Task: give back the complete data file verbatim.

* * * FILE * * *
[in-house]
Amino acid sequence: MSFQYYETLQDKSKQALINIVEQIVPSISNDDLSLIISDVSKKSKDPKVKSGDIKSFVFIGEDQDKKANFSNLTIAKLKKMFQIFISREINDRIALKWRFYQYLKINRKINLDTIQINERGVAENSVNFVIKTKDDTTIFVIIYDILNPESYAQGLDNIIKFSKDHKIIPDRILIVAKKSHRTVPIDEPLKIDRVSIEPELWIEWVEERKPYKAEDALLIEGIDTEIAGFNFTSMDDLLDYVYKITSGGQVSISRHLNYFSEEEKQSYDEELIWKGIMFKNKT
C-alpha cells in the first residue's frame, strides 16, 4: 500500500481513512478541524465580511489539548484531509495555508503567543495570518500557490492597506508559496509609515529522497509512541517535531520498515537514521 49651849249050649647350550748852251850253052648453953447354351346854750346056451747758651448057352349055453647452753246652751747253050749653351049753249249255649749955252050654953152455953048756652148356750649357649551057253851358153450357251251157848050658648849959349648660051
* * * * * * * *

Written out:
[in-house]
Amino acid sequence: MSFQYYETLQDKSKQALINIVEQIVPSISNDDLSLIISDVSKKSKDPKVKSGDIKSFVFIGEDQDKKANFSNLTIAKLKKMFQIFISREINDRIALKWRFYQYLKINRKINLDTIQINERGVAENSVNFVIKTKDDTTIFVIIYDILNPESYAQGLDNIIKFSKDHKIIPDRILIVAKKSHRTVPIDEPLKIDRVSIEPELWIEWVEERKPYKAEDALLIEGIDTEIAGFNFTSMDDLLDYVYKITSGGQVSISRHLNYFSEEEKQSYDEELIWKGIMFKNKT
C-alpha cells in the first residue's frame, strides 16, 4: 500500500481513512478541524465580511489539548484531509495555508503567543495570518500557490492597506508559496509609515529522497509512541517535531520498515537514521 49651849249050649647350550748852251850253052648453953447354351346854750346056451747758651448057352349055453647452753246652751747253050749653351049753249249255649749955252050654953152455953048756652148356750649357649551057253851358153450357251251157848050658648849959349648660051